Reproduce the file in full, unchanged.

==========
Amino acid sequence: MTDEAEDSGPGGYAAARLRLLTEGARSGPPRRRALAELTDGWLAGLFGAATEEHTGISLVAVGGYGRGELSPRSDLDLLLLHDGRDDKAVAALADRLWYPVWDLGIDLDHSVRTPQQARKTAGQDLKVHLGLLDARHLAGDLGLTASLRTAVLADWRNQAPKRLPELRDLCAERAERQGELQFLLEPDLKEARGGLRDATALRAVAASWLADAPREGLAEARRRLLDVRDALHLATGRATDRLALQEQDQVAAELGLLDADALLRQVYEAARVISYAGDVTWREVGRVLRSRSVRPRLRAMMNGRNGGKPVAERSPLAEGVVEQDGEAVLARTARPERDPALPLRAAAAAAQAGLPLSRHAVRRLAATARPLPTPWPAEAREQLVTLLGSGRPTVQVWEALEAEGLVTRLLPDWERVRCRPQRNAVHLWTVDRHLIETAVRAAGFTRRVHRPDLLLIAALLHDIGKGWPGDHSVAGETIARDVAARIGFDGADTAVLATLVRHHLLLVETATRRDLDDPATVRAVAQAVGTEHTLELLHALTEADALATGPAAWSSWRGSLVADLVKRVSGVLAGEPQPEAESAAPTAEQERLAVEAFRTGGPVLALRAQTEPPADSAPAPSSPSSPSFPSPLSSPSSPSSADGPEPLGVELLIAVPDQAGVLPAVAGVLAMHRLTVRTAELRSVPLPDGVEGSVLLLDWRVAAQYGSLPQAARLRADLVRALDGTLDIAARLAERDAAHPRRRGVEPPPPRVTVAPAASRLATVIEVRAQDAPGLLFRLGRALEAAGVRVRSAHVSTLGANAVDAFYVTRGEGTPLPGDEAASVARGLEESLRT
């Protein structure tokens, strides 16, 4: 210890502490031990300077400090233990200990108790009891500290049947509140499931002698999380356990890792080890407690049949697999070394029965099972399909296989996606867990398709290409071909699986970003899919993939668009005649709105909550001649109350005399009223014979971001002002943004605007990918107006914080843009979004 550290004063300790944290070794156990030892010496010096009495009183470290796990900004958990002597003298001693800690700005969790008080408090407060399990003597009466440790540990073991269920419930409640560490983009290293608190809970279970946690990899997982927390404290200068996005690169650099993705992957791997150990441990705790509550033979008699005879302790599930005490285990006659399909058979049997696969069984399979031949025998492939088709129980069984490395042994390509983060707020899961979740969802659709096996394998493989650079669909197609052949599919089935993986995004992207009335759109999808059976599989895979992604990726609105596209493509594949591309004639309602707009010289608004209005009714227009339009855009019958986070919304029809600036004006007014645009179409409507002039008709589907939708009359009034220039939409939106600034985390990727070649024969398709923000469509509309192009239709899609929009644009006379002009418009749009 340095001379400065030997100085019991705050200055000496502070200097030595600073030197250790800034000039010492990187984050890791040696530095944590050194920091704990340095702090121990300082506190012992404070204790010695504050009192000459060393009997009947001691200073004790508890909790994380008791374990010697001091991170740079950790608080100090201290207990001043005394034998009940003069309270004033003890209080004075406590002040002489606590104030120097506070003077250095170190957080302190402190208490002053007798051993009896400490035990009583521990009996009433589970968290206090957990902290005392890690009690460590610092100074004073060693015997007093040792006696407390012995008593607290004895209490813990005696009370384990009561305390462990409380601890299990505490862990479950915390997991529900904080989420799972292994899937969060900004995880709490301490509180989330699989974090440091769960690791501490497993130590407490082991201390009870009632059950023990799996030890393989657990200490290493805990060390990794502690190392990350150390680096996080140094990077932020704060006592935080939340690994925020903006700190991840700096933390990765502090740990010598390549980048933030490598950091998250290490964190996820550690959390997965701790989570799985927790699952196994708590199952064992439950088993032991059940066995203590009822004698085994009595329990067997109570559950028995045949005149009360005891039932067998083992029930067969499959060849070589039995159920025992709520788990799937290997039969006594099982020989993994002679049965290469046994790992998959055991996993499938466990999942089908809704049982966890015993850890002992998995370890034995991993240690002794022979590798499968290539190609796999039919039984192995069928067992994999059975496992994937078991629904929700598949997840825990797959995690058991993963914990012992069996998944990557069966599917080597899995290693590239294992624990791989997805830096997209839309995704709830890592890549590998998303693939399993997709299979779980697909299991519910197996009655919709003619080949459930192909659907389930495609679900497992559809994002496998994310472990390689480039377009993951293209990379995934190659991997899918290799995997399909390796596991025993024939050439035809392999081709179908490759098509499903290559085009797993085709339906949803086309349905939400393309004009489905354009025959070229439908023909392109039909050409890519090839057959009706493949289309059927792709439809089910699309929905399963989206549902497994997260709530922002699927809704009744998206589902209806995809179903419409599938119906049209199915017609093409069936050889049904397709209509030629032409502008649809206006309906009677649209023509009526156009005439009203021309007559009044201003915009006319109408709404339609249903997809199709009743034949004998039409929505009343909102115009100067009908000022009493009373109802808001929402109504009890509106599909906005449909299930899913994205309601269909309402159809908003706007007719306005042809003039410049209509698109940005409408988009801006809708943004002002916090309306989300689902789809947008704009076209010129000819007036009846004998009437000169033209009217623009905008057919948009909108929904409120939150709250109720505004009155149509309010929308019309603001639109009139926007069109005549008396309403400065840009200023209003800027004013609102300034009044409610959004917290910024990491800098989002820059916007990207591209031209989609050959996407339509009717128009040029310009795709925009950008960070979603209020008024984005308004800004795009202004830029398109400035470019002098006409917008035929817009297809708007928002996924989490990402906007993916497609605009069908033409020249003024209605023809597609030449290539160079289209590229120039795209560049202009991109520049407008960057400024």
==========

Amino acid sequence: MTDEAEDSGPGGYAAARLRLLTEGARSGPPRRRALAELTDGWLAGLFGAATEEHTGISLVAVGGYGRGELSPRSDLDLLLLHDGRDDKAVAALADRLWYPVWDLGIDLDHSVRTPQQARKTAGQDLKVHLGLLDARHLAGDLGLTASLRTAVLADWRNQAPKRLPELRDLCAERAERQGELQFLLEPDLKEARGGLRDATALRAVAASWLADAPREGLAEARRRLLDVRDALHLATGRATDRLALQEQDQVAAELGLLDADALLRQVYEAARVISYAGDVTWREVGRVLRSRSVRPRLRAMMNGRNGGKPVAERSPLAEGVVEQDGEAVLARTARPERDPALPLRAAAAAAQAGLPLSRHAVRRLAATARPLPTPWPAEAREQLVTLLGSGRPTVQVWEALEAEGLVTRLLPDWERVRCRPQRNAVHLWTVDRHLIETAVRAAGFTRRVHRPDLLLIAALLHDIGKGWPGDHSVAGETIARDVAARIGFDGADTAVLATLVRHHLLLVETATRRDLDDPATVRAVAQAVGTEHTLELLHALTEADALATGPAAWSSWRGSLVADLVKRVSGVLAGEPQPEAESAAPTAEQERLAVEAFRTGGPVLALRAQTEPPADSAPAPSSPSSPSFPSPLSSPSSPSSADGPEPLGVELLIAVPDQAGVLPAVAGVLAMHRLTVRTAELRSVPLPDGVEGSVLLLDWRVAAQYGSLPQAARLRADLVRALDGTLDIAARLAERDAAHPRRRGVEPPPPRVTVAPAASRLATVIEVRAQDAPGLLFRLGRALEAAGVRVRSAHVSTLGANAVDAFYVTRGEGTPLPGDEAASVARGLEESLRT
């Protein structure tokens, strides 16, 4: 210890502490031990300077400090233990200990108790009891500290049947509140499931002698999380356990890792080890407690049949697999070394029965099972399909296989996606867990398709290409071909699986970003899919993939668009005649709105909550001649109350005399009223014979971001002002943004605007990918107006914080843009979004 550290004063300790944290070794156990030892010496010096009495009183470290796990900004958990002597003298001693800690700005969790008080408090407060399990003597009466440790540990073991269920419930409640560490983009290293608190809970279970946690990899997982927390404290200068996005690169650099993705992957791997150990441990705790509550033979008699005879302790599930005490285990006659399909058979049997696969069984399979031949025998492939088709129980069984490395042994390509983060707020899961979740969802659709096996394998493989650079669909197609052949599919089935993986995004992207009335759109999808059976599989895979992604990726609105596209493509594949591309004639309602707009010289608004209005009714227009339009855009019958986070919304029809600036004006007014645009179409409507002039008709589907939708009359009034220039939409939106600034985390990727070649024969398709923000469509509309192009239709899609929009644009006379002009418009749009 340095001379400065030997100085019991705050200055000496502070200097030595600073030197250790800034000039010492990187984050890791040696530095944590050194920091704990340095702090121990300082506190012992404070204790010695504050009192000459060393009997009947001691200073004790508890909790994380008791374990010697001091991170740079950790608080100090201290207990001043005394034998009940003069309270004033003890209080004075406590002040002489606590104030120097506070003077250095170190957080302190402190208490002053007798051993009896400490035990009583521990009996009433589970968290206090957990902290005392890690009690460590610092100074004073060693015997007093040792006696407390012995008593607290004895209490813990005696009370384990009561305390462990409380601890299990505490862990479950915390997991529900904080989420799972292994899937969060900004995880709490301490509180989330699989974090440091769960690791501490497993130590407490082991201390009870009632059950023990799996030890393989657990200490290493805990060390990794502690190392990350150390680096996080140094990077932020704060006592935080939340690994925020903006700190991840700096933390990765502090740990010598390549980048933030490598950091998250290490964190996820550690959390997965701790989570799985927790699952196994708590199952064992439950088993032991059940066995203590009822004698085994009595329990067997109570559950028995045949005149009360005891039932067998083992029930067969499959060849070589039995159920025992709520788990799937290997039969006594099982020989993994002679049965290469046994790992998959055991996993499938466990999942089908809704049982966890015993850890002992998995370890034995991993240690002794022979590798499968290539190609796999039919039984192995069928067992994999059975496992994937078991629904929700598949997840825990797959995690058991993963914990012992069996998944990557069966599917080597899995290693590239294992624990791989997805830096997209839309995704709830890592890549590998998303693939399993997709299979779980697909299991519910197996009655919709003619080949459930192909659907389930495609679900497992559809994002496998994310472990390689480039377009993951293209990379995934190659991997899918290799995997399909390796596991025993024939050439035809392999081709179908490759098509499903290559085009797993085709339906949803086309349905939400393309004009489905354009025959070229439908023909392109039909050409890519090839057959009706493949289309059927792709439809089910699309929905399963989206549902497994997260709530922002699927809704009744998206589902209806995809179903419409599938119906049209199915017609093409069936050889049904397709209509030629032409502008649809206006309906009677649209023509009526156009005439009203021309007559009044201003915009006319109408709404339609249903997809199709009743034949004998039409929505009343909102115009100067009908000022009493009373109802808001929402109504009890509106599909906005449909299930899913994205309601269909309402159809908003706007007719306005042809003039410049209509698109940005409408988009801006809708943004002002916090309306989300689902789809947008704009076209010129000819007036009846004998009437000169033209009217623009905008057919948009909108929904409120939150709250109720505004009155149509309010929308019309603001639109009139926007069109005549008396309403400065840009200023209003800027004013609102300034009044409610959004917290910024990491800098989002820059916007990207591209031209989609050959996407339509009717128009040029310009795709925009950008960070979603209020008024984005308004800004795009202004830029398109400035470019002098006409917008035929817009297809708007928002996924989490990402906007993916497609605009069908033409020249003024209605023809597609030449290539160079289209590229120039795209560049202009991109520049407008960057400024």